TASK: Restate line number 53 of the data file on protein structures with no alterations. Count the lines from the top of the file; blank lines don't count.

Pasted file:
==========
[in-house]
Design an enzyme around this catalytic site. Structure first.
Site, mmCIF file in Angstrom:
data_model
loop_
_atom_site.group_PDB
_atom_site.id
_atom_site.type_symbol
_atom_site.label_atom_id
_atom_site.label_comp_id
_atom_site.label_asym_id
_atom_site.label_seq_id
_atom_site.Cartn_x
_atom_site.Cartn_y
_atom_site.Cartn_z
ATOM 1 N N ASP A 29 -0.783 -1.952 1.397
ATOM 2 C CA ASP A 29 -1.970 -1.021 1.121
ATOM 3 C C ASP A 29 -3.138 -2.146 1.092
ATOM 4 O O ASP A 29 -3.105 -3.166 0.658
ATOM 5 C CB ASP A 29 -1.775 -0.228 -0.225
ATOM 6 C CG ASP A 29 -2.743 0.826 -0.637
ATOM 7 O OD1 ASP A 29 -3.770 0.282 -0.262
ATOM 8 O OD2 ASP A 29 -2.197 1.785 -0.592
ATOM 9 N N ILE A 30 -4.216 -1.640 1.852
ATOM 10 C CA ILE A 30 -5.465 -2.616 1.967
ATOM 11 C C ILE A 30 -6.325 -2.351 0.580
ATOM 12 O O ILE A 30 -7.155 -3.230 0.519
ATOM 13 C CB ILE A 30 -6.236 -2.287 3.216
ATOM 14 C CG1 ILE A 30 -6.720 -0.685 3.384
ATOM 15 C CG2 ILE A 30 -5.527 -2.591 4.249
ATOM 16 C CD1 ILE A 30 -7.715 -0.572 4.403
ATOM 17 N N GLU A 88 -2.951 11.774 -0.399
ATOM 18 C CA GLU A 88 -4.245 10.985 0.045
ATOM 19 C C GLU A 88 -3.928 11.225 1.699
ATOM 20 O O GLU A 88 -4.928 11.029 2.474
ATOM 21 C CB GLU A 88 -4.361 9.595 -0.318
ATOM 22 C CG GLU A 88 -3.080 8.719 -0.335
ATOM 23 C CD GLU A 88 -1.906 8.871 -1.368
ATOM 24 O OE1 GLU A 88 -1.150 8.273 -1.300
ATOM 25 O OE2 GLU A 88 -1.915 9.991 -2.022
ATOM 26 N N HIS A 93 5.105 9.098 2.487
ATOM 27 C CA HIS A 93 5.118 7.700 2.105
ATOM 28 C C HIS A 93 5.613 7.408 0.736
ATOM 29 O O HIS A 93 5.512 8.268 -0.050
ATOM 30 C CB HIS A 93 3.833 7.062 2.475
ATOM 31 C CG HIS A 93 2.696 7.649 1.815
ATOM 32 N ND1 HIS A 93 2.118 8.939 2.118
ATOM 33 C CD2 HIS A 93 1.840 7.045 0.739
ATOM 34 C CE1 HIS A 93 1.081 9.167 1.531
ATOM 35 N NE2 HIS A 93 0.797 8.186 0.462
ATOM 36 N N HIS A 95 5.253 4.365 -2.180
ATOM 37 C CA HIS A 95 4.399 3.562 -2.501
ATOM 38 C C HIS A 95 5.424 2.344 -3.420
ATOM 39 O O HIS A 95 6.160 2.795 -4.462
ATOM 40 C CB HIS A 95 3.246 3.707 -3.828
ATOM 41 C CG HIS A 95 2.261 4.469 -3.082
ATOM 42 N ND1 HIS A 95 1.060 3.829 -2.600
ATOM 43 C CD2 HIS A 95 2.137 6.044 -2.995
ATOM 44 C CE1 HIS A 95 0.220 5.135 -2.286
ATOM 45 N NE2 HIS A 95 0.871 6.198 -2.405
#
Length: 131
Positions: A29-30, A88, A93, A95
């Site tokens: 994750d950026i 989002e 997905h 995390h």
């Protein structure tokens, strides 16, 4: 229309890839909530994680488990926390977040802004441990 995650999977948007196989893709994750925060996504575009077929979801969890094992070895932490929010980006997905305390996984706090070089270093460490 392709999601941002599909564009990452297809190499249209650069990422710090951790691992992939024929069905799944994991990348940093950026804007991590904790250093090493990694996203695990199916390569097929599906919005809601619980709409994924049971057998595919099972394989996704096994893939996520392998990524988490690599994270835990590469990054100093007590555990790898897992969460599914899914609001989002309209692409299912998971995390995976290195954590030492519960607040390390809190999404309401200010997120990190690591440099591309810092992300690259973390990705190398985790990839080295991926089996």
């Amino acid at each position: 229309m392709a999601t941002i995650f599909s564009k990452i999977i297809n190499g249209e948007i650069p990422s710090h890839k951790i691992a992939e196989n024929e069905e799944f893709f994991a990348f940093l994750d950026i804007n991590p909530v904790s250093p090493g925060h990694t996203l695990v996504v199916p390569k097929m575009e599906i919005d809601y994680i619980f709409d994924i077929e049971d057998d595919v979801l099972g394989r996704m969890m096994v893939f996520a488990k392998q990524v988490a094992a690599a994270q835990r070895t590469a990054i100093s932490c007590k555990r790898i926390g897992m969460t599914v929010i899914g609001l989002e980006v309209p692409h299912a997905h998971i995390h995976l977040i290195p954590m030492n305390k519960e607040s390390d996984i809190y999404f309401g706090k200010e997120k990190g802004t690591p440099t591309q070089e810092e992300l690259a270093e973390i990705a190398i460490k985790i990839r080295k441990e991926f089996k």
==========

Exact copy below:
ATOM 38 C C HIS A 95 5.424 2.344 -3.420